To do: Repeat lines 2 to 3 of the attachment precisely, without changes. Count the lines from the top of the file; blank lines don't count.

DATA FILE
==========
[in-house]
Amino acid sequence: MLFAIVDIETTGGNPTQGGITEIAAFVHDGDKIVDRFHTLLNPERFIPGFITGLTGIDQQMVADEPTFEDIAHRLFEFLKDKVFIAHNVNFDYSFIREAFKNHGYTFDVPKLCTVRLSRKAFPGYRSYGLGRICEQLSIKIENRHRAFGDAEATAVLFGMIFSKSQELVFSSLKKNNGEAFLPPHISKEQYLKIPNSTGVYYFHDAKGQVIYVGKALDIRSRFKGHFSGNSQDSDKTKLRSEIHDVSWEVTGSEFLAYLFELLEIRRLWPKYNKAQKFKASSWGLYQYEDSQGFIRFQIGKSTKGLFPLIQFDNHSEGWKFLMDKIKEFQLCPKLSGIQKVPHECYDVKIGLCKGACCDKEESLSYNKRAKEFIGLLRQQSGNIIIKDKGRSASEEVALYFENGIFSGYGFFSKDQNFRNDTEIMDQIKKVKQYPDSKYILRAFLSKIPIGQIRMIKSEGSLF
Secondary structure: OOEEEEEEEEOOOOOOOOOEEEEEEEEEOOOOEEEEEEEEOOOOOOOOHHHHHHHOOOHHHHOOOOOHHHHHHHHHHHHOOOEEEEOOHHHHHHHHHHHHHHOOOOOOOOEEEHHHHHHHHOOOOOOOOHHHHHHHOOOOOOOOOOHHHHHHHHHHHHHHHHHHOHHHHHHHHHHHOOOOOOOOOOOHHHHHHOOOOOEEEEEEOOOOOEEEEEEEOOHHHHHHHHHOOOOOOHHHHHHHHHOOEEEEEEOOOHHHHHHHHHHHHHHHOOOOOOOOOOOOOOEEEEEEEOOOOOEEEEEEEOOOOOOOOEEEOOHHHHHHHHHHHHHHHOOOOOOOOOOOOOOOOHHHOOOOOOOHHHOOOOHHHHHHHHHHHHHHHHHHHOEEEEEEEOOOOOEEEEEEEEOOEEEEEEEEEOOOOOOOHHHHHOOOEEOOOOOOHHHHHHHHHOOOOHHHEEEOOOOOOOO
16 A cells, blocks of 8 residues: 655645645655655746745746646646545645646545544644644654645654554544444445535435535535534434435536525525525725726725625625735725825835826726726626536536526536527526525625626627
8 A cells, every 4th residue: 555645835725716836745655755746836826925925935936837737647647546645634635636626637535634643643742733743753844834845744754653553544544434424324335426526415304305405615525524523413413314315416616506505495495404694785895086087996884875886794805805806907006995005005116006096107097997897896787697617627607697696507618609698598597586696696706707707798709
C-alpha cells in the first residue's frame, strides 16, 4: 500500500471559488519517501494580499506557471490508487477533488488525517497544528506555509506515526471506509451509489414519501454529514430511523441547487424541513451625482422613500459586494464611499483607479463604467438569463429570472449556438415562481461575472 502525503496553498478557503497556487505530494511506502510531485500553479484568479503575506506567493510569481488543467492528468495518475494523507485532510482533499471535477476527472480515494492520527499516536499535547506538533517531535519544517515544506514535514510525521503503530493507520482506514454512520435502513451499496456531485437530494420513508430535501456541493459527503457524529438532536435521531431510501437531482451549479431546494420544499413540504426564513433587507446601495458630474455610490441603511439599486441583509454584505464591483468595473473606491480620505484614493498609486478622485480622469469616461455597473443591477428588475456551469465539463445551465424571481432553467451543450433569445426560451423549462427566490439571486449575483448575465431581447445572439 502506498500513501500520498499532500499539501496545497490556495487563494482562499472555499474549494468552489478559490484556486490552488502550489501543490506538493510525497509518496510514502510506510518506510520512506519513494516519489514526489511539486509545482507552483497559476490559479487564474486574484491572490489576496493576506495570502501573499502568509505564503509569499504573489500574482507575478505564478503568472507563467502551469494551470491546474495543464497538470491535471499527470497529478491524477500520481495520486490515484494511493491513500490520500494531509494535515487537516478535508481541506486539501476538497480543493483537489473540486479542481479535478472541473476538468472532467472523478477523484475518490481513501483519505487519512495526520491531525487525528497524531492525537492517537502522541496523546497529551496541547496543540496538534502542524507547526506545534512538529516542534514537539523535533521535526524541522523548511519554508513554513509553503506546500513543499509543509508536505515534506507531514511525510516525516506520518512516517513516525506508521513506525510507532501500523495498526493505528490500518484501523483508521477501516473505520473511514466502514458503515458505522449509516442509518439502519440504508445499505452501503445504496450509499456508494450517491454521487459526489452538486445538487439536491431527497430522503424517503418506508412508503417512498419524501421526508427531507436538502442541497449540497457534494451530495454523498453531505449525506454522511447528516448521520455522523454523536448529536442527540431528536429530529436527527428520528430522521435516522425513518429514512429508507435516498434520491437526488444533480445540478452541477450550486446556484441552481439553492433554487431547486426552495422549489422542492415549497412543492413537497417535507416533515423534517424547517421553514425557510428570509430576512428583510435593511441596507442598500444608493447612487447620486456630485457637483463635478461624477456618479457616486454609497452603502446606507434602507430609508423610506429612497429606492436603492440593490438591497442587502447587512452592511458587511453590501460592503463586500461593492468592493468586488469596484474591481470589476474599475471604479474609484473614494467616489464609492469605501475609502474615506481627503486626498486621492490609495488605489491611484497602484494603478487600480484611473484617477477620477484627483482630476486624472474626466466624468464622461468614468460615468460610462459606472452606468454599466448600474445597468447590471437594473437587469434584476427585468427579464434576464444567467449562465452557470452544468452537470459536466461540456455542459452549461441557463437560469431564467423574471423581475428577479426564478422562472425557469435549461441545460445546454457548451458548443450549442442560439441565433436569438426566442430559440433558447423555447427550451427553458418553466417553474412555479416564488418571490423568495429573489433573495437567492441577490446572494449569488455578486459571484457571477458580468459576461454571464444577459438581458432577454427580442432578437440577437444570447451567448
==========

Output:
Amino acid sequence: MLFAIVDIETTGGNPTQGGITEIAAFVHDGDKIVDRFHTLLNPERFIPGFITGLTGIDQQMVADEPTFEDIAHRLFEFLKDKVFIAHNVNFDYSFIREAFKNHGYTFDVPKLCTVRLSRKAFPGYRSYGLGRICEQLSIKIENRHRAFGDAEATAVLFGMIFSKSQELVFSSLKKNNGEAFLPPHISKEQYLKIPNSTGVYYFHDAKGQVIYVGKALDIRSRFKGHFSGNSQDSDKTKLRSEIHDVSWEVTGSEFLAYLFELLEIRRLWPKYNKAQKFKASSWGLYQYEDSQGFIRFQIGKSTKGLFPLIQFDNHSEGWKFLMDKIKEFQLCPKLSGIQKVPHECYDVKIGLCKGACCDKEESLSYNKRAKEFIGLLRQQSGNIIIKDKGRSASEEVALYFENGIFSGYGFFSKDQNFRNDTEIMDQIKKVKQYPDSKYILRAFLSKIPIGQIRMIKSEGSLF
Secondary structure: OOEEEEEEEEOOOOOOOOOEEEEEEEEEOOOOEEEEEEEEOOOOOOOOHHHHHHHOOOHHHHOOOOOHHHHHHHHHHHHOOOEEEEOOHHHHHHHHHHHHHHOOOOOOOOEEEHHHHHHHHOOOOOOOOHHHHHHHOOOOOOOOOOHHHHHHHHHHHHHHHHHHOHHHHHHHHHHHOOOOOOOOOOOHHHHHHOOOOOEEEEEEOOOOOEEEEEEEOOHHHHHHHHHOOOOOOHHHHHHHHHOOEEEEEEOOOHHHHHHHHHHHHHHHOOOOOOOOOOOOOOEEEEEEEOOOOOEEEEEEEOOOOOOOOEEEOOHHHHHHHHHHHHHHHOOOOOOOOOOOOOOOOHHHOOOOOOOHHHOOOOHHHHHHHHHHHHHHHHHHHOEEEEEEEOOOOOEEEEEEEEOOEEEEEEEEEOOOOOOOHHHHHOOOEEOOOOOOHHHHHHHHHOOOOHHHEEEOOOOOOOO